Both the orchestra and the soloist were deeply sensitive to this dynamic - a chemistry of dualities wherein moments of heroic grandiosity (though never issued in an attitude of gratuitous bombast) alternate with gentler episodes of rapturous poignancy. Krieger’s technical prowess was unassailable. While his pounding cadenzas were surely a breathtaking melding of muscle and accuracy, he played throughout the work with real reverence for the music’s poetic spirit. This was especially evident in the delightful prestissimo passages of fast, frolicking fingerwork during the achingly beautiful second movement. 

   Then, con fuoco! Did someone yell fire? All of Krieger’s remarkable gifts of power, precision, and graceful lyricism launched together flawlessly during the third movement’s coda into a wondrously ascending race to the exuberant final chord. And as if to gently set us down from those blazing heights, he answered our boisterous call for an encore with a gorgeous, heartfelt performance of Chopin’s Nocturne, Op. 9, No.1.

   More fire was to come in the form of Symphony No. 4. A truculent brass fanfare opens this Romantic epic, and the orchestra effectively embodied the seriousness of the moment. This was, after all, as Tchaikovsky told in his original program notes, the arrival of Fate itself, the “ineluctable power of destiny” poised above our heads and poisoning our souls.

    Maestro Gerhardt Zimmermann’s seemingly magical capacity for eliciting palpable emotion from his exciting orchestra has never been more authoritative. With an economy of gestures, he deftly sustained the ensemble’s aural depth, clarity, and radiant sonority - no simple task, considering the structural and thematic complexities of the work. The intensity of the first movement left us in an agitated, stormy atmosphere. An exquisite oboe solo opened the second movement - a contemplative, wistful journey punctuated with lush warmth from the strings and seductive solos from clarinet and bassoon. The piquant third movement was an intoxicating, dreamlike interlude – a mesmerizing episode entirely saturated with crisp, pizzicato strings.

   An urgent sense of impending victory pervaded the beginning of the turbulent final movement. Later in the proceedings, the Fate theme made a rude re-appearance, bringing an abrupt halt to what had just been a mood of optimism. But then, from this moment of gloomy, nearly total silence, a glorious crescendo commenced and accelerated at breakneck speed to an explosive, celebratory conclusion.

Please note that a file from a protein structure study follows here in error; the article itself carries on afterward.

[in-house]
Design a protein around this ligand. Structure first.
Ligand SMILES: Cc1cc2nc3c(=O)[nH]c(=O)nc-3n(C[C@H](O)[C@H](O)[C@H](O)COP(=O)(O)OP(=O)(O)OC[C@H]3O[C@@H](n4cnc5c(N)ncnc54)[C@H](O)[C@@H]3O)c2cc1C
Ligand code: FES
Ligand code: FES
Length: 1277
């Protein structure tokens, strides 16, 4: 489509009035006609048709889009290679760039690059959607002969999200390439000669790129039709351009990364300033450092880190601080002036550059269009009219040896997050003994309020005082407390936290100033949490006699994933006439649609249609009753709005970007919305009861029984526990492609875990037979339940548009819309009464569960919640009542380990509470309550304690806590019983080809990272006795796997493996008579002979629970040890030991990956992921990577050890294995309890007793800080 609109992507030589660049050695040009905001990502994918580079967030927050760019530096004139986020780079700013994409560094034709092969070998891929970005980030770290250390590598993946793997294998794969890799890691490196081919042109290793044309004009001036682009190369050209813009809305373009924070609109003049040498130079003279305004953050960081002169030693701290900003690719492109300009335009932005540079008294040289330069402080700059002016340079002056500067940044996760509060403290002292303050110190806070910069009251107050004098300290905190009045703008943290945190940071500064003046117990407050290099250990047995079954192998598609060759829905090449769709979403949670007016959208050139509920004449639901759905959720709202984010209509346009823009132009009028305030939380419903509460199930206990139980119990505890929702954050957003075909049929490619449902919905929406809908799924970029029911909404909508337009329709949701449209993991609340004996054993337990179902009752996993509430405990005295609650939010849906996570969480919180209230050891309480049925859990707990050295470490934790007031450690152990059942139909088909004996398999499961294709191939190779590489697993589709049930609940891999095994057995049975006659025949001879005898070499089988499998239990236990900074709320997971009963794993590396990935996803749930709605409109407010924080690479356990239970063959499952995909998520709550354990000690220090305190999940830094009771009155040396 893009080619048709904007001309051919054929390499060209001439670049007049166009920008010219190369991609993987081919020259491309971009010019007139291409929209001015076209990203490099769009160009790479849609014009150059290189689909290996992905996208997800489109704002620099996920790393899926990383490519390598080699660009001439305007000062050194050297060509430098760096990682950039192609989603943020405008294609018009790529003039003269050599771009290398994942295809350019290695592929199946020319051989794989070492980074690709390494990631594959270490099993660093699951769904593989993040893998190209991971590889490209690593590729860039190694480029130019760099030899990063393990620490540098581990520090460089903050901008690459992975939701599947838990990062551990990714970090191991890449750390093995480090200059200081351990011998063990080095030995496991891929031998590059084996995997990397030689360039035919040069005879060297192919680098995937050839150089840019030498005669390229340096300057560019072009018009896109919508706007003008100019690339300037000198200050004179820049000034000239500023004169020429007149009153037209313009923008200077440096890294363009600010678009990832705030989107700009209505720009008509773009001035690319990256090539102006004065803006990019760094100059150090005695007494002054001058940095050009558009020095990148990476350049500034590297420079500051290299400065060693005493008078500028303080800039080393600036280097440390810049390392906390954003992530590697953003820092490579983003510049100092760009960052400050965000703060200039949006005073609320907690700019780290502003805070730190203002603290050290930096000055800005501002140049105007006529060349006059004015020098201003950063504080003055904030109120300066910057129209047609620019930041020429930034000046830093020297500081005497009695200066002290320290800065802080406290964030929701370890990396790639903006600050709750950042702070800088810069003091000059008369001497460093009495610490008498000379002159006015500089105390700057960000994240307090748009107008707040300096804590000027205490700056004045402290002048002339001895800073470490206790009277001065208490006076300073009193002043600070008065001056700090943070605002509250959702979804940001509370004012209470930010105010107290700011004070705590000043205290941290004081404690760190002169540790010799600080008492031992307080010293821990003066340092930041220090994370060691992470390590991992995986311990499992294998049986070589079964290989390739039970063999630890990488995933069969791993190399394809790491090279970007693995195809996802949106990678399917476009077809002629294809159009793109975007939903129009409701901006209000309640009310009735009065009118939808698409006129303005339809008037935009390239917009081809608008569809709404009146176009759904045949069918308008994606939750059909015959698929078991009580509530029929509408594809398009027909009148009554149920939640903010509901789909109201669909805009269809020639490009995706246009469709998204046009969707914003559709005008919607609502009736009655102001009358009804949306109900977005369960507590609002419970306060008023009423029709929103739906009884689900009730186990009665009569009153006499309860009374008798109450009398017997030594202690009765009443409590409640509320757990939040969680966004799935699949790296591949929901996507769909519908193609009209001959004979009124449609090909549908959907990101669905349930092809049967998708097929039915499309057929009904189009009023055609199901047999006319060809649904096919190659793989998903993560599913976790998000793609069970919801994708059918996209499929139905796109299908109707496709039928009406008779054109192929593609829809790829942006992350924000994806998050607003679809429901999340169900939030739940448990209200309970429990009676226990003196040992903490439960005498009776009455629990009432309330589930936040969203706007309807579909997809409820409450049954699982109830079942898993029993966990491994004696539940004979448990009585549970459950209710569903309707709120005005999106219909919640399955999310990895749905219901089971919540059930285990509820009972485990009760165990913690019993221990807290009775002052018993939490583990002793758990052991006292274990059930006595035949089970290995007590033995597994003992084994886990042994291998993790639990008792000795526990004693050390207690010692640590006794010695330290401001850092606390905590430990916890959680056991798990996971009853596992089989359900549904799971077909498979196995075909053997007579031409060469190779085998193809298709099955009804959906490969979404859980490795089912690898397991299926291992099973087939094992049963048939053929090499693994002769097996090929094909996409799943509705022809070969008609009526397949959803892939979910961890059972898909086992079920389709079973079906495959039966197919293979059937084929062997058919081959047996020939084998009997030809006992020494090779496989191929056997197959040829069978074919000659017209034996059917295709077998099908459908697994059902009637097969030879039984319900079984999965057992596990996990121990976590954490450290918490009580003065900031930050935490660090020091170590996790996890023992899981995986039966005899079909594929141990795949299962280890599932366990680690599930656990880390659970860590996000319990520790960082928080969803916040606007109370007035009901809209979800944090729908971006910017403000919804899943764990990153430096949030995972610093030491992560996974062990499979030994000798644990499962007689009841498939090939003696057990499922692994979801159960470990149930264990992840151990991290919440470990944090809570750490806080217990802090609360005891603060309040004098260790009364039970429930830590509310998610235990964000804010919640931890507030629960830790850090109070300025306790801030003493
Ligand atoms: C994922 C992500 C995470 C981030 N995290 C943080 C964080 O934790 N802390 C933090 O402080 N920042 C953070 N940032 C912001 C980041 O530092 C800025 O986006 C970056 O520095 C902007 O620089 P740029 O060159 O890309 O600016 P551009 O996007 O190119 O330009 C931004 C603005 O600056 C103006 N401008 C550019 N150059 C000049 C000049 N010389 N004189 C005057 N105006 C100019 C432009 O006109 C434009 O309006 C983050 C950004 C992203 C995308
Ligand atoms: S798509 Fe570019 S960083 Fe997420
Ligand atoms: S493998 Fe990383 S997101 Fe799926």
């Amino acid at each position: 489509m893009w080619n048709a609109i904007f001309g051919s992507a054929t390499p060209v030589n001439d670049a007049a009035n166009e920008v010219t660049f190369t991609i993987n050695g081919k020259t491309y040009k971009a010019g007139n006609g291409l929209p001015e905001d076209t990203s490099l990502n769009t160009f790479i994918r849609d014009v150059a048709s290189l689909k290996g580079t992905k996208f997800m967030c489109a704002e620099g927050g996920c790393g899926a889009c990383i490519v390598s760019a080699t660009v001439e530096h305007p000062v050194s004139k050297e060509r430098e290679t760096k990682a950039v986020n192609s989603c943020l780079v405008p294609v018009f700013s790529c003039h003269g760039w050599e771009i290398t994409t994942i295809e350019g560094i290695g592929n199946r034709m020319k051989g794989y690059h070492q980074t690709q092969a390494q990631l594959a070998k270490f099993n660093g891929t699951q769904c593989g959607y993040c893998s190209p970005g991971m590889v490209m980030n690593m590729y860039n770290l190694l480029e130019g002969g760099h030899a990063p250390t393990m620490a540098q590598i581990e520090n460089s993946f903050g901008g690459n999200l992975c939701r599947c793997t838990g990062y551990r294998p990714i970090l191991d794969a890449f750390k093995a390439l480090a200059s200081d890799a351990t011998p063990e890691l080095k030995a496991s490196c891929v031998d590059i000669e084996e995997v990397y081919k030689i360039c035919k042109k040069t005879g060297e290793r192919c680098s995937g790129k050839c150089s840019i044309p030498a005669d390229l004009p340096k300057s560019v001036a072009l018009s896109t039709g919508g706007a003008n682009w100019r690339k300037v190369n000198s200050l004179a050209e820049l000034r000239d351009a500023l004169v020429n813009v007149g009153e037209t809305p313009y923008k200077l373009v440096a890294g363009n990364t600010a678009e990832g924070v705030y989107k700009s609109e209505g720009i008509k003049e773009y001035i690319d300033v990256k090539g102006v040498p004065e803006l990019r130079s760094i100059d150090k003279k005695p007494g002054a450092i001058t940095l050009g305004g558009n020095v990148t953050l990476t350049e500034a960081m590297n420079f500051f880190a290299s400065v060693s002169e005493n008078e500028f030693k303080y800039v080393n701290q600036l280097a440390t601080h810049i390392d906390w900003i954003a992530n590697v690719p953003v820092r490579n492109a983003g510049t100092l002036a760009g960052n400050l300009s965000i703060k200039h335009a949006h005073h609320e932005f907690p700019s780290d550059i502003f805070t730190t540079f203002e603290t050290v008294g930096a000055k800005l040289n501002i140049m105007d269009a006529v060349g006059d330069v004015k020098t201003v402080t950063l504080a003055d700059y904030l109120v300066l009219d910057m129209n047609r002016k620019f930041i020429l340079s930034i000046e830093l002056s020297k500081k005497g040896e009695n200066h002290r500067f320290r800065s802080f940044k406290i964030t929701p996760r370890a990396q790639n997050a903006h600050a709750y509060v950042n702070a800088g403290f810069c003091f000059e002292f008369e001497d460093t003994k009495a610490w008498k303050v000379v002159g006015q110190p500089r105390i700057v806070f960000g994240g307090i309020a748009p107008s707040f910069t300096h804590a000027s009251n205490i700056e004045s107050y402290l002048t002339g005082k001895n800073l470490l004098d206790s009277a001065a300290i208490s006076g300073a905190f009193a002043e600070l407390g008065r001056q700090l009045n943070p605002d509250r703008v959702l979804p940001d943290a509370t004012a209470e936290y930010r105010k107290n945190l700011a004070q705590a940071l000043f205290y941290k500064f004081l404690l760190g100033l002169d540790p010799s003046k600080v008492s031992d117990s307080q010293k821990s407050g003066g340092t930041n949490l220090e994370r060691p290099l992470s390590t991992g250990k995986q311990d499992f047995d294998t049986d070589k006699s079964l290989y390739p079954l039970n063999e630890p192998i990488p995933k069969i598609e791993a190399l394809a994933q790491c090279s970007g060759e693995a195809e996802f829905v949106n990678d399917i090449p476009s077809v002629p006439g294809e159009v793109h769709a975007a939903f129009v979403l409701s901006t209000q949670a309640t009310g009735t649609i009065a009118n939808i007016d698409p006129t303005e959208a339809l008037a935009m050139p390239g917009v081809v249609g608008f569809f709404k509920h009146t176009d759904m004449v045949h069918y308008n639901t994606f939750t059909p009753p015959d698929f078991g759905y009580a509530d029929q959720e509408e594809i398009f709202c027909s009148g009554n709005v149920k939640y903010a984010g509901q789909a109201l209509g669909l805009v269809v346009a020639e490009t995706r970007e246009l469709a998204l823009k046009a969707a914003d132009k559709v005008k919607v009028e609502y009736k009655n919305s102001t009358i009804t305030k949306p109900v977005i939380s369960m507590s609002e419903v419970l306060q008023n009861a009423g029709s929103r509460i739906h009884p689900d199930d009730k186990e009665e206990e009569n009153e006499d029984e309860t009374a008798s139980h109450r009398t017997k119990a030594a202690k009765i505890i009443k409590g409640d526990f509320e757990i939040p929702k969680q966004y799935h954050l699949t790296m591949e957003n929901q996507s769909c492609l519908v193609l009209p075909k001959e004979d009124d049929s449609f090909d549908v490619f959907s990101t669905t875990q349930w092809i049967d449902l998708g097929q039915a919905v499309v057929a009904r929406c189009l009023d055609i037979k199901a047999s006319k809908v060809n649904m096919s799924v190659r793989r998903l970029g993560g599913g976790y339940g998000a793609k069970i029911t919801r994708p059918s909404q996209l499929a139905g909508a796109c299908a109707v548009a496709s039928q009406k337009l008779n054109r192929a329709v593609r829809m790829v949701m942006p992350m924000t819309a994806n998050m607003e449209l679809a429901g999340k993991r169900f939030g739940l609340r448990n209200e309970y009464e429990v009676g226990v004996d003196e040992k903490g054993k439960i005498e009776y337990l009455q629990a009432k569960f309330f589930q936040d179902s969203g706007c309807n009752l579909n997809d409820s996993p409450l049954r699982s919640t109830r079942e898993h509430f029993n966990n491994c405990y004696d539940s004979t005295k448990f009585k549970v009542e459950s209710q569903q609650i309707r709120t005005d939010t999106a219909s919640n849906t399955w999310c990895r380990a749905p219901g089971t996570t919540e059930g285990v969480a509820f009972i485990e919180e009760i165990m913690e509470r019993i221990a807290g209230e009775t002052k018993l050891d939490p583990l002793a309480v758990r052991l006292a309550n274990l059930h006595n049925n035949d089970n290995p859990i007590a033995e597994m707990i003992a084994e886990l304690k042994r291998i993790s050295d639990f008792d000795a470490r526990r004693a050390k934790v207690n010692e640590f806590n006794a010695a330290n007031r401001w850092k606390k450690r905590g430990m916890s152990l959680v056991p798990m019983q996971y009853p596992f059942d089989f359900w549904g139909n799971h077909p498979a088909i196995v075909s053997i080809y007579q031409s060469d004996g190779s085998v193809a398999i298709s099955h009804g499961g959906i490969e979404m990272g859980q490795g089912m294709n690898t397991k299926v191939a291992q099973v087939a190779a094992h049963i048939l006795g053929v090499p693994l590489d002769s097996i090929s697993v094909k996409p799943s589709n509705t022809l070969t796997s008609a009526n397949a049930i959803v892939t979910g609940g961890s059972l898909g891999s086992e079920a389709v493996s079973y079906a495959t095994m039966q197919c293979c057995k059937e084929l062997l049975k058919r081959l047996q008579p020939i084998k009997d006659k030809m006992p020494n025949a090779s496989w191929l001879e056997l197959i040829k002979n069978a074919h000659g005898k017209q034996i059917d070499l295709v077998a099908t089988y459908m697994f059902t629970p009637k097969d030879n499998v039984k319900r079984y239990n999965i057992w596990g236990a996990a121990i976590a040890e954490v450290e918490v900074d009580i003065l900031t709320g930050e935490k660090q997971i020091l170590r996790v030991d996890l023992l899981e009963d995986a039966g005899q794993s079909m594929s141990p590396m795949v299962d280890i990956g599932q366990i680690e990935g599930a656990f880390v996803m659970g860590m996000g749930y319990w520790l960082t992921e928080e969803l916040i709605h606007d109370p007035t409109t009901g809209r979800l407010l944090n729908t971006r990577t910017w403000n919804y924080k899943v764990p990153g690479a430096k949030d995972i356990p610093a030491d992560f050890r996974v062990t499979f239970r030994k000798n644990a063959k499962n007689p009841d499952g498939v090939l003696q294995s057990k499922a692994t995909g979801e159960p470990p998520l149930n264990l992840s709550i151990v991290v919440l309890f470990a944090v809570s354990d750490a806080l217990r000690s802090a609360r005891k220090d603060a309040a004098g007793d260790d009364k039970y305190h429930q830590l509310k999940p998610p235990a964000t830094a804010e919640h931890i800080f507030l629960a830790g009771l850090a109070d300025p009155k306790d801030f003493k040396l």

Further elevating the adrenaline levels in Umstattd Hall, a jubilant Gerhardt Zimmermann then led the orchestra in an electrifying encore  performance of Russian Dance from  The Nutcracker ballet.

   PHOTOS, from top: Pyotr Ilyich Tchaikovsky / Maestro Gerhardt Zimmermann / Pianist Norman Krieger

Saturday, November 4, 2017

Meet me at the corner of stasis and flux







Meet me at the corner of stasis and flux

By Tom Wachunas

   EXHIBIT: no place is perfectly round - Sculpture installations by Jonas Sebura and Emily Duke / at Main Hall Art Gallery, Kent State University at Stark, 6000 Frank Avenue NW, North Canton, Ohio / THROUGH DECEMBER 1, 2017 (Closed November 10, 23-26) / Viewing hours Monday-Friday 11 a.m - 5 p.m.

    This exhibit is very much about place. I’m talking, first, about the cerebral locale we inhabit wherein we can be wholly mindful of our present moment in a specific setting. And secondly, while in that moment, are we willing to seek and go to a unique somewhere in our own experience, cued by the articulated materials placed before us? 

   Both Jonas Sebura and Emily Duke are Fine Arts faculty members at Kent State University’s main campus – he an Assistant Professor (Sculpture), she an Adjunct Professor (Ceramics). The separate sculptural works here are not outright collaborations between the two artists. Yet viewed collectively, there’s harmony in how their pieces converse with and otherwise complement each other as conceptual and material entities.  

   The three intriguing works from Jonas Sebura are imbued with a spirit of performative geomancy – that ancient and mystery-shrouded practice of divination through the placement (or place-ness) of lines or figures and forms within a geographic context. Here, that geographic component takes the symbolic form of low-lying, white polygonal tables, or planes, upon which his sculptural elements interact in varying states of balance and tension. They suggest the passage of time, a feeling of impending motion, or forward progression, as in “The Approximation of What Is and What Could Be.” On one end of the table, there’s a concrete fossil of a footprint, and on the other a mold of the foot itself. A journey undertaken. 

   The slick, black, monolithic forms in his “Landscapes and Lay Lines” might be impenetrable totems, or mute sentinels of vexing, unknowable things. There’s a cryptic element of arrested animation in the form of a tiny jewel-like bauble dangled from a hand attached to a tree branch… all of it seemingly presided over by a startling mask made from resin-cast teeth and mounted atop a thin upright rod. Ruminating on angst?

   While Sebura’s pieces exude an improvisatory, lyrical theatricality, the five works by Emily Duke are relatively more calculated designs that evoke a tranquil domesticity. The starkly handsome coffee table arrangement in “Matching Suite” is a facile balancing of horizontality and verticality, as well as textures. Looking down through the tinted glass top of the table, the shaggy black yarn of the rug below becomes a muted grey plane subtly echoing the smoky surface of the narrow conical form – call it a lamp shade - hovering above.